On Modranacht, which is variously celebrated on December 24th or, in northern tradition, a bit earlier, the Three Maternae or Mothers name the newborn Oak King, the Child of Promise. Giving him a name involves divining his destiny for the next half-year, for the waxing year is the time of his reign.
This illustrates the connection in traditional cultures between names and destiny. In our modern cowan 1 culture, we receive names that are little more than noises, but which might reflect sentiment on the part of our parents. Often a favorite aunt or uncle’s name is reproduced in the first or middle name of the newborn child. But the name as used in mainstream society is little more than a legal placeholder, something to fill in the blanks on tax forms and other documents. The bearer of the name almost never feels any responsibility to carry the meaning of the name forward into his or her life. The heathen Udmurts of central Russia ran into conflict with the authorities because their culture dictates a change from the milk-name to the mature name of a growing child. The schools, having already registered the milk-name, insisted on keeping it for the young Udmurts, in effect declaring that they remain toddlers all their lives.
Most of us enter the Craft from mainstream society, and bear cowan names, but the pagan-friendly and pagan-curious often adopt a nickname whose meaning could be described as a personal variation on one who seeks, characterizing in some way the nature of one’s search for meaning in life, or at least how one feels about such a search. My father, by contrast, once said “When I was a young man, I was very concerned to discover some sort of truth; but after a while you just make a living.” If he had been given to reflecting on this decision, his name thereafter might have been “Just makes a living.” But as he opted for living unreflectively, he did not reflect on his name as it pertained to his life path.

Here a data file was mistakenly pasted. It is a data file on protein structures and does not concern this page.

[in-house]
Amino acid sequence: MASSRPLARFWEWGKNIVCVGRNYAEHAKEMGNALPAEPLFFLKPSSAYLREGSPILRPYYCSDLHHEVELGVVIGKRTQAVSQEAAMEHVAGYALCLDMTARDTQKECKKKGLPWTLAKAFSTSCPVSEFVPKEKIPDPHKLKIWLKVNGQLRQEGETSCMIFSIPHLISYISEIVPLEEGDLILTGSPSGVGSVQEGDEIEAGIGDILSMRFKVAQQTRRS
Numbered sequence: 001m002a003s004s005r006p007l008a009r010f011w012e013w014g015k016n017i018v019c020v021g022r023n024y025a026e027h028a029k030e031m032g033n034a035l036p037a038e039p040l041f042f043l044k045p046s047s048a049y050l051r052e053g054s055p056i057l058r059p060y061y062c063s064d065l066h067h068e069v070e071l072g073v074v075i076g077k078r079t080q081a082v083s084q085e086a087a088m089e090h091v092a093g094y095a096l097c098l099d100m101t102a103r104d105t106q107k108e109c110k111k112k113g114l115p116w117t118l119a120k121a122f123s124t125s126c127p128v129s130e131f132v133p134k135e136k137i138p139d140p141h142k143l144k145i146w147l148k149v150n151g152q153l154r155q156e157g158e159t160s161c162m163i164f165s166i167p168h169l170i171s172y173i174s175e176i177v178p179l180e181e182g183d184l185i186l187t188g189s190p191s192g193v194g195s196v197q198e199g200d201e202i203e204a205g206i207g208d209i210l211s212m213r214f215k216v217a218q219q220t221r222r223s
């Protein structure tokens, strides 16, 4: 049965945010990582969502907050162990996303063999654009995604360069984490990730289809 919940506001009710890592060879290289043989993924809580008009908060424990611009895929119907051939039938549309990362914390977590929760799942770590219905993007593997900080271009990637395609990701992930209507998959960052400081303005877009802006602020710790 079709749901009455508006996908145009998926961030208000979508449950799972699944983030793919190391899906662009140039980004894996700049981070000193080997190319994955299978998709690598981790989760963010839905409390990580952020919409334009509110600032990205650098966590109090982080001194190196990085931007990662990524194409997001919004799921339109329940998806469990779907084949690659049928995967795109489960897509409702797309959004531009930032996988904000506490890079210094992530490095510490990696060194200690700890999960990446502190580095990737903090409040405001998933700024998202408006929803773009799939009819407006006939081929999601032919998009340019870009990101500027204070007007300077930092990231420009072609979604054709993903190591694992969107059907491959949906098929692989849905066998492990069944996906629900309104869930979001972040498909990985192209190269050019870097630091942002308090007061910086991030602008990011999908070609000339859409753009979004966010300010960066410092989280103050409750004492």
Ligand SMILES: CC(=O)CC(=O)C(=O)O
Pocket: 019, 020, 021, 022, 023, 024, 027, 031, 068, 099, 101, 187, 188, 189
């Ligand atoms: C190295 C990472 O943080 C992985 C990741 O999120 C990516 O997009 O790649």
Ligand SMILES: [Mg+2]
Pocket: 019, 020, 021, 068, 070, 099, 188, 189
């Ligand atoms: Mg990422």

In my own case, my pagan-curious nickname is Quicksilver. When I was a child, I remember we broke a thermometer and I watched in fascination all the little silver bubbles of mercury hopping around on the carpet. Like mercury or quicksilver (to avoid using the God’s name), I hop around a lot. I subsequently heard a lot about that in school and later in jobs. “Too many outside interests.” “Needs to focus more,” etc. Well, that is just how I am. But once I dedicated to the Craft, I acquired a focus of sorts, though I still hop around an awful lot.
The cowan name, then, belongs outside the circles of the Craft, and accompanies a radically different path in life from that taken by a seeker of meaning. The Tarot card of The Fool, depicting a jester about to step off a cliff, can be taken as the image of the culmination of a cowan’s life path.
Having found the Craft and having decided to study it in depth, a student enters on a radically different path from that on which the people of mainstream society wander all their lives. The student may elect to dedicate to the Craft, and choose a name representing his or her dedication, and the nature of the commitment being made.
Dedication is a particular span of time during which the dedicant studies the lore and practices of the elementary Craft more intensely than before. Traditionally the period is for ‘a year and a day,’ though this originally meant a solar year, i.e. a lunar year of 364 days plus the Nameless Day added to bring it even with the solar year. In our busy 21st-century lives, however, the period of dedication may be shortened, particularly if the dedicant feels ready for a full lifetime commitment to the Craft. In that case, he or she will request initiation.